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Dramatic rescue on Mount McKinley

May 17, 2011  By Irish Central

May 17, 2011, Mount McKinley, Ala. - An Irish climber is recovering in hospital after a record making rescue at 19,500 feet from Mount McKinley in Alaska – matching the highest ever by a helicopter.

Corkman Jeremiah O’Sullivan was pulled off the mountain last week amid dramatic scenes following the death of a fellow climber.

The 40-year-old from Ballinhassig in Cork has been hospitalized with a broken leg and severe frostbite.

America’s National Park Service revealed details of the rescue by helicopter pilot Andy Hermansky who lowered a basket to the stricken O’Sullivan some 19,500 feet up the mountain. The Anchorage Daily News reported that the rescue tied the highest-ever by a helicopter in North America.

Fellow climber and Swiss citizen Beat Niederer had died from unknown causes near 18,000 feet and his body was recovered by helicopter.


Alaskan guide Dave Staeheli and climber Lawrence Culter from New York were also evacuated by helicopter from a high camp at 17,200 feet.

Sullivan was reported to be in ‘good condition’ at Providence Alaska Medical Center in Anchorage according to hospital spokeswoman Ginger Houghton.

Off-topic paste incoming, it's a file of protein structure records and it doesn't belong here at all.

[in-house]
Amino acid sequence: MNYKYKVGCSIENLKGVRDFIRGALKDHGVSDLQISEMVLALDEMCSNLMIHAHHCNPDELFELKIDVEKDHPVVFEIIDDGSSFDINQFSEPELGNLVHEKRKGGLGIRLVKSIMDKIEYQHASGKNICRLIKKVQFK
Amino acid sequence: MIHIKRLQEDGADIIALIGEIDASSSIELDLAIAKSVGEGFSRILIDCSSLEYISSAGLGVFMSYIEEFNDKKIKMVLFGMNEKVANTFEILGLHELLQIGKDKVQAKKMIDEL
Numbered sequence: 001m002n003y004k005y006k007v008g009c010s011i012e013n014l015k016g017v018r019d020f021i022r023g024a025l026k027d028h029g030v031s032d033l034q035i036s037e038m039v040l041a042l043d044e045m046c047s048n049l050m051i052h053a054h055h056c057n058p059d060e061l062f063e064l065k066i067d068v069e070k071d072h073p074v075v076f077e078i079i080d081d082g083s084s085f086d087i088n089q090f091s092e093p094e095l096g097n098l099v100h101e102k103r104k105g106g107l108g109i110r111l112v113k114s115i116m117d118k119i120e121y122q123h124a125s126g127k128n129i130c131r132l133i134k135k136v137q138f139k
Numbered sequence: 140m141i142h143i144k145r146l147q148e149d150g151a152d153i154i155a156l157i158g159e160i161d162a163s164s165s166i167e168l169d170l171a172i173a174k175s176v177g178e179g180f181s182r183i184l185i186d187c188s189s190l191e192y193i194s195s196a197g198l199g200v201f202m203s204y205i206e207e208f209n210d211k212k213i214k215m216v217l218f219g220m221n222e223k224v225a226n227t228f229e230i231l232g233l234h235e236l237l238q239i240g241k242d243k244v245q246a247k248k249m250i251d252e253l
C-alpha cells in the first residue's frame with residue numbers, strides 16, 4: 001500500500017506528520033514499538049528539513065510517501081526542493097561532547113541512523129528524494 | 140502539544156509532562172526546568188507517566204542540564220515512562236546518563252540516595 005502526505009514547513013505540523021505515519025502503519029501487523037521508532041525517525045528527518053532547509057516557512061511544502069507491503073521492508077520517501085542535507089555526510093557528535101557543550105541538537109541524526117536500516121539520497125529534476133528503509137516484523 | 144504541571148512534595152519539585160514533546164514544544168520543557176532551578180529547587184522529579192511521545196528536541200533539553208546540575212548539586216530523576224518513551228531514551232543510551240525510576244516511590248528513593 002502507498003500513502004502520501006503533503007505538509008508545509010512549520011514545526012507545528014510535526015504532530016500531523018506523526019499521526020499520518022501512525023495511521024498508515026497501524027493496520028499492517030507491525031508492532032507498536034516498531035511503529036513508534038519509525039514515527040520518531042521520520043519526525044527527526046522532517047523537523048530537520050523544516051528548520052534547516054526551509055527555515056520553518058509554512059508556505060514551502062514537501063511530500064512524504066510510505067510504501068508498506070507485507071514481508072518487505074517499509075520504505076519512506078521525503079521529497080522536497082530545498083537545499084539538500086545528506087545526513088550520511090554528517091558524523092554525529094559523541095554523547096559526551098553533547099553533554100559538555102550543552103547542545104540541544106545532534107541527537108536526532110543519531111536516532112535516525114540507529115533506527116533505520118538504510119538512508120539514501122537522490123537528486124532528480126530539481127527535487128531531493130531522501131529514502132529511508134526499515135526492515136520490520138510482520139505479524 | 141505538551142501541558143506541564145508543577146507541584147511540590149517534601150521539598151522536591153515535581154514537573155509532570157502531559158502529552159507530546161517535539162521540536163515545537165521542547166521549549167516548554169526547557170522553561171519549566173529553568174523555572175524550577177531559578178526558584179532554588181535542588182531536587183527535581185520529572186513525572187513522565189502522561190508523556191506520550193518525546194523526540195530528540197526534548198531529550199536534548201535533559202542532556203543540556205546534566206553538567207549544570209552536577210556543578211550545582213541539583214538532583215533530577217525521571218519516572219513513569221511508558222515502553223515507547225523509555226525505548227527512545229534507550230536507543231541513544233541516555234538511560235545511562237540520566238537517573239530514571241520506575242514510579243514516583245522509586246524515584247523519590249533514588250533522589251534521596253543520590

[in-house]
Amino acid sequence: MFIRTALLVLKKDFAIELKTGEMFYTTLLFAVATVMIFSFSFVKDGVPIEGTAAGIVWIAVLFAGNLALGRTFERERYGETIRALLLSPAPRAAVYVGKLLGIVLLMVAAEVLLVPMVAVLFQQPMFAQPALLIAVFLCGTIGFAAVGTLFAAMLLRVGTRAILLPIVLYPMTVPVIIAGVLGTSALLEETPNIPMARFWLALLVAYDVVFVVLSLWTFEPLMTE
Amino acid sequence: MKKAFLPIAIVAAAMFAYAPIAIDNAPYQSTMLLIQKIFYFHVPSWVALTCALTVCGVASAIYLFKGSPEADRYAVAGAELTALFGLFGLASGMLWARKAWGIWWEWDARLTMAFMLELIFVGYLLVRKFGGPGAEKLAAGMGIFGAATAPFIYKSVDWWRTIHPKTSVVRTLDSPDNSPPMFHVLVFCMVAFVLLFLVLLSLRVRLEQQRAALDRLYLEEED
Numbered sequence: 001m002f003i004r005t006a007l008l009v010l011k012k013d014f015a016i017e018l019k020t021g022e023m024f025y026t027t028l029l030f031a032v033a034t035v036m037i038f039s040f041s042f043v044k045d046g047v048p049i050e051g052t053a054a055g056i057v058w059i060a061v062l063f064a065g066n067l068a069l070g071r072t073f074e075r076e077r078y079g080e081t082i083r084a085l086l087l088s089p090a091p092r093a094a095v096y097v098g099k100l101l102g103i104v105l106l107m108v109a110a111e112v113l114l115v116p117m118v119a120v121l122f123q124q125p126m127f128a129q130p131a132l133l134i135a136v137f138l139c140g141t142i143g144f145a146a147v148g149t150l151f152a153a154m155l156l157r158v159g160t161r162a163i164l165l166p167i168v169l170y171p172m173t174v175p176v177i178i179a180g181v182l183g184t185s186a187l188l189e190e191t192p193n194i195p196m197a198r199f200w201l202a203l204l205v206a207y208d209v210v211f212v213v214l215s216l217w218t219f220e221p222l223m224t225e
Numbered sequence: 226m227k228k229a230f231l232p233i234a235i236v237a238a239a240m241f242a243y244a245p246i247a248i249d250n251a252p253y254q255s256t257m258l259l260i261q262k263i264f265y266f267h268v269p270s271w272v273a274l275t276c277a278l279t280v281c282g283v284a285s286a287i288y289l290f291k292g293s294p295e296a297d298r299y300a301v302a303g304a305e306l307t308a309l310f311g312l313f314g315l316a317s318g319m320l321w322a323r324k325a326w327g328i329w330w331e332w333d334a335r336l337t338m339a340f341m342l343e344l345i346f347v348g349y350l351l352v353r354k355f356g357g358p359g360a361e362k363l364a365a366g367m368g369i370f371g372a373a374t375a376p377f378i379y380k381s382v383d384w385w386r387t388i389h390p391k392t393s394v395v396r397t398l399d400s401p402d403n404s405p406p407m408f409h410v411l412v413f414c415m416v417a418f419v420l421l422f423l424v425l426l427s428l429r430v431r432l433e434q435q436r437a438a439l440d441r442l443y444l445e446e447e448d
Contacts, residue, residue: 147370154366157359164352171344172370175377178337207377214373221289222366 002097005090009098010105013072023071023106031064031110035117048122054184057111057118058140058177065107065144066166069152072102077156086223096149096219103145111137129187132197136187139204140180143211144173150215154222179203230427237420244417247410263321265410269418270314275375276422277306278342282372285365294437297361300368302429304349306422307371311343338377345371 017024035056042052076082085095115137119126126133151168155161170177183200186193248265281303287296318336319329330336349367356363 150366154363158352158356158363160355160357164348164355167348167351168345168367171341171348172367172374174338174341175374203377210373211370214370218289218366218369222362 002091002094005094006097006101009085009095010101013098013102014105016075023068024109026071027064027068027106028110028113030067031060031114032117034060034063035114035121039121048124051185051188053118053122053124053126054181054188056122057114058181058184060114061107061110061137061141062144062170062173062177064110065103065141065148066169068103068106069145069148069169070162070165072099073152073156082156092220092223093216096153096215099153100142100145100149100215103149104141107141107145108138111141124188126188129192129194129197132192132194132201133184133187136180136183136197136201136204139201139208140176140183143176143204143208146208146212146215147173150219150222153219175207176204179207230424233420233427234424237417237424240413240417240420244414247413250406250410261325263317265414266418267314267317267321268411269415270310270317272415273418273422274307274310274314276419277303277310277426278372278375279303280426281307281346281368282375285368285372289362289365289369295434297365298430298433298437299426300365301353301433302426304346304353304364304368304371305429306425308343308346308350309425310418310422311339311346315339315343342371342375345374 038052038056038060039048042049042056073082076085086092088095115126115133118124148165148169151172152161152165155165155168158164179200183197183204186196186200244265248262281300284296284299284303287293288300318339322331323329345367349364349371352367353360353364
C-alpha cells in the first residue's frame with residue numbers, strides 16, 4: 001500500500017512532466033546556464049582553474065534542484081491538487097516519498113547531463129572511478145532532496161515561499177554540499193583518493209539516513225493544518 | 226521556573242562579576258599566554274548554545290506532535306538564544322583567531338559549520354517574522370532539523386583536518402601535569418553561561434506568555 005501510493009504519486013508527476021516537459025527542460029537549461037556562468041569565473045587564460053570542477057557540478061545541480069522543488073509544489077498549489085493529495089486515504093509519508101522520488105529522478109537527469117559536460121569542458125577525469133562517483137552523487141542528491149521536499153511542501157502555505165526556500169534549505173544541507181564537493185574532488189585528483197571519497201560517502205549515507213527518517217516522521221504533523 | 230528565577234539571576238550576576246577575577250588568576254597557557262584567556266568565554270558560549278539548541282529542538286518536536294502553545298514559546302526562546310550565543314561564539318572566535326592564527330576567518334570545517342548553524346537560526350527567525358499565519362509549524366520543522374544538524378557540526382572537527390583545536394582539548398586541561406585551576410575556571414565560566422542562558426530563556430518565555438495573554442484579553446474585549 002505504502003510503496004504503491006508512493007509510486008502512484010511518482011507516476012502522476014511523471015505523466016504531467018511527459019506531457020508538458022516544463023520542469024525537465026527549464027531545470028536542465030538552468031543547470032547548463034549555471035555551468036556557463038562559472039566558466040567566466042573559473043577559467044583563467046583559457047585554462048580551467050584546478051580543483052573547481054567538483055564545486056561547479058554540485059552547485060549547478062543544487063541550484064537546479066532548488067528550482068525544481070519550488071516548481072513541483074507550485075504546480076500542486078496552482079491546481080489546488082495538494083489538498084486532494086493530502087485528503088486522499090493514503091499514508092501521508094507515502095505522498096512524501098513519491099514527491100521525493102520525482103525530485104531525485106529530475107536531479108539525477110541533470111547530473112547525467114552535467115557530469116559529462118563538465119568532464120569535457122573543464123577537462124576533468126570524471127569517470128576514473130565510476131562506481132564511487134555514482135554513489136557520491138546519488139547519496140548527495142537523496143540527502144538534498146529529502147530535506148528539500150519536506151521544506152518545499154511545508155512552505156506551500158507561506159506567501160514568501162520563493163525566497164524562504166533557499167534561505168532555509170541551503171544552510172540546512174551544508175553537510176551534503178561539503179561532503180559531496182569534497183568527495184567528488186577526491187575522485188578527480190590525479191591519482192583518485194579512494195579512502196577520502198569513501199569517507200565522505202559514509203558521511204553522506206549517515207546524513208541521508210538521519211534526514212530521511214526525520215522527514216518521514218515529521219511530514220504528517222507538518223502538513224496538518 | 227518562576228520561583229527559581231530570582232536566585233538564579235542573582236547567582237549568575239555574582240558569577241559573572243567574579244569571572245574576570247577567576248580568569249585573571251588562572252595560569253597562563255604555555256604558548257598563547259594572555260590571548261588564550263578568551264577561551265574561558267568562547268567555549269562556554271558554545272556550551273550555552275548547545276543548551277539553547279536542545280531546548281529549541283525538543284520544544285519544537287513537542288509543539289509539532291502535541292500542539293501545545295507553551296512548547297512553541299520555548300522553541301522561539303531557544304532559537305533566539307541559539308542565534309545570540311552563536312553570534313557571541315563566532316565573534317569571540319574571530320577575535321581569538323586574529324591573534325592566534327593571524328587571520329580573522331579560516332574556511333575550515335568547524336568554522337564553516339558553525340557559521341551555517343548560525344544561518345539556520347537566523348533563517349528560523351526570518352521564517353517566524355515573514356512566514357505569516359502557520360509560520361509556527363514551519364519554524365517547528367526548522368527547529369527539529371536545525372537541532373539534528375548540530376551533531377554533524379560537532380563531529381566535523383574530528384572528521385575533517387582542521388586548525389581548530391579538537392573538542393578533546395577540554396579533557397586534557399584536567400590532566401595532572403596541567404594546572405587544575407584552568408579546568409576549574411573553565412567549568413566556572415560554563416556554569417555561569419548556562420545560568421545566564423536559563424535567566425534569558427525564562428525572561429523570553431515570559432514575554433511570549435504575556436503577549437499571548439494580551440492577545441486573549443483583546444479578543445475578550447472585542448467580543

She added that the Irishman had suffered frostbite to his hands, legs and face as well as a broken leg, Staeheli and Cutler suffered frostbite to their hands and feet.

Staeheli is renowned as the first climber to complete a solo winter ascent of McKinley up the West Rib route in March 1989.

Mount McKinley, at 20,320 feet is the highest peak in North America and the United States.

Niederer’s death was the first this year on the mountain but two climbers died last year.

Sullivan’s four man team fell while descending from the summit ridge either late Wednesday or early Thursday according to National Park Service spokeswoman Maureen McLaughlin.

Conditions on the mountain at the time of their descent were described as brutal with winds gusting up to 70 mph.

Mountaineering ranger and medic Dave Weber said the climbing party was high up on the mountain and on an exposed ridge with no shelter when the fall occurred.

“It was brutal conditions out there. It was an extremely hostile environment,” said Weber.


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